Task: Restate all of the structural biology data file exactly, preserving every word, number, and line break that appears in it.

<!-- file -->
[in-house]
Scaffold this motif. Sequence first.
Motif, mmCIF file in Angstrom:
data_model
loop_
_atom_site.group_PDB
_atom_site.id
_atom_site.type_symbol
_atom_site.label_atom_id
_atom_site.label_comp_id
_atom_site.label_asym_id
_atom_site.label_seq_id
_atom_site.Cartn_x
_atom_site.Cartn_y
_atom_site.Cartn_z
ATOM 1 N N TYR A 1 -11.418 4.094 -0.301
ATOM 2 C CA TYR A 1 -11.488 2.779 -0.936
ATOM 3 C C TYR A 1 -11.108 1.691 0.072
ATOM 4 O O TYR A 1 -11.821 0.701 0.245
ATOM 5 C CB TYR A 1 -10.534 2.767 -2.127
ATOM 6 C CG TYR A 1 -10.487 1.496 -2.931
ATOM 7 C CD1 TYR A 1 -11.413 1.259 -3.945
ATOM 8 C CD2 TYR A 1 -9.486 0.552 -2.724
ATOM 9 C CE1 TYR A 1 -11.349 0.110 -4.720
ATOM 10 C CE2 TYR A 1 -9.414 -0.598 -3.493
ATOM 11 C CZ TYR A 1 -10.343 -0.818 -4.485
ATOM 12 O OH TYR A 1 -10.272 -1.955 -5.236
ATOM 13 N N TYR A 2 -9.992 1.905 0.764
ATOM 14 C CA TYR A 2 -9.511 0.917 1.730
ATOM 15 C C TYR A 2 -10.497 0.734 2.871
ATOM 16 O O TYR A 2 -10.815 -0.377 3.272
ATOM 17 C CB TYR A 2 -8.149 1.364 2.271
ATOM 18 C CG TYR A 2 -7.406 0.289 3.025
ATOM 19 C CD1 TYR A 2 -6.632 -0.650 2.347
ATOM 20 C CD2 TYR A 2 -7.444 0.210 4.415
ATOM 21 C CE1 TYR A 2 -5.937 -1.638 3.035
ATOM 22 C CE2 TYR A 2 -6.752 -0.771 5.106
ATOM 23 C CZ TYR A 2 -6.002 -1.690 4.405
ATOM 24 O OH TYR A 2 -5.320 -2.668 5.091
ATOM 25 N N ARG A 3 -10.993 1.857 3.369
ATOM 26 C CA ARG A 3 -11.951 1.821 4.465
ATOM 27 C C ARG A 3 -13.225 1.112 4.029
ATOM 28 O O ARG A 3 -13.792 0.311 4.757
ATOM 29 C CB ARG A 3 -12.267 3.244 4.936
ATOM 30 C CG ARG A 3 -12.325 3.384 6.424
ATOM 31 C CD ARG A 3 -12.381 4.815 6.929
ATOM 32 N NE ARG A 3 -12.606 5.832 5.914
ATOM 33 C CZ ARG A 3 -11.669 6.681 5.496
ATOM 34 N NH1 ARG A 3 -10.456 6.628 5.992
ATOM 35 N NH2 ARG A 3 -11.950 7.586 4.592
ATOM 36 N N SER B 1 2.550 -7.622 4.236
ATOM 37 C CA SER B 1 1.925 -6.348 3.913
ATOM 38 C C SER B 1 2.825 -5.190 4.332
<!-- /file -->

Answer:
[in-house]
Scaffold this motif. Sequence first.
Motif, mmCIF file in Angstrom:
data_model
loop_
_atom_site.group_PDB
_atom_site.id
_atom_site.type_symbol
_atom_site.label_atom_id
_atom_site.label_comp_id
_atom_site.label_asym_id
_atom_site.label_seq_id
_atom_site.Cartn_x
_atom_site.Cartn_y
_atom_site.Cartn_z
ATOM 1 N N TYR A 1 -11.418 4.094 -0.301
ATOM 2 C CA TYR A 1 -11.488 2.779 -0.936
ATOM 3 C C TYR A 1 -11.108 1.691 0.072
ATOM 4 O O TYR A 1 -11.821 0.701 0.245
ATOM 5 C CB TYR A 1 -10.534 2.767 -2.127
ATOM 6 C CG TYR A 1 -10.487 1.496 -2.931
ATOM 7 C CD1 TYR A 1 -11.413 1.259 -3.945
ATOM 8 C CD2 TYR A 1 -9.486 0.552 -2.724
ATOM 9 C CE1 TYR A 1 -11.349 0.110 -4.720
ATOM 10 C CE2 TYR A 1 -9.414 -0.598 -3.493
ATOM 11 C CZ TYR A 1 -10.343 -0.818 -4.485
ATOM 12 O OH TYR A 1 -10.272 -1.955 -5.236
ATOM 13 N N TYR A 2 -9.992 1.905 0.764
ATOM 14 C CA TYR A 2 -9.511 0.917 1.730
ATOM 15 C C TYR A 2 -10.497 0.734 2.871
ATOM 16 O O TYR A 2 -10.815 -0.377 3.272
ATOM 17 C CB TYR A 2 -8.149 1.364 2.271
ATOM 18 C CG TYR A 2 -7.406 0.289 3.025
ATOM 19 C CD1 TYR A 2 -6.632 -0.650 2.347
ATOM 20 C CD2 TYR A 2 -7.444 0.210 4.415
ATOM 21 C CE1 TYR A 2 -5.937 -1.638 3.035
ATOM 22 C CE2 TYR A 2 -6.752 -0.771 5.106
ATOM 23 C CZ TYR A 2 -6.002 -1.690 4.405
ATOM 24 O OH TYR A 2 -5.320 -2.668 5.091
ATOM 25 N N ARG A 3 -10.993 1.857 3.369
ATOM 26 C CA ARG A 3 -11.951 1.821 4.465
ATOM 27 C C ARG A 3 -13.225 1.112 4.029
ATOM 28 O O ARG A 3 -13.792 0.311 4.757
ATOM 29 C CB ARG A 3 -12.267 3.244 4.936
ATOM 30 C CG ARG A 3 -12.325 3.384 6.424
ATOM 31 C CD ARG A 3 -12.381 4.815 6.929
ATOM 32 N NE ARG A 3 -12.606 5.832 5.914
ATOM 33 C CZ ARG A 3 -11.669 6.681 5.496
ATOM 34 N NH1 ARG A 3 -10.456 6.628 5.992
ATOM 35 N NH2 ARG A 3 -11.950 7.586 4.592
ATOM 36 N N SER B 1 2.550 -7.622 4.236
ATOM 37 C CA SER B 1 1.925 -6.348 3.913
ATOM 38 C C SER B 1 2.825 -5.190 4.332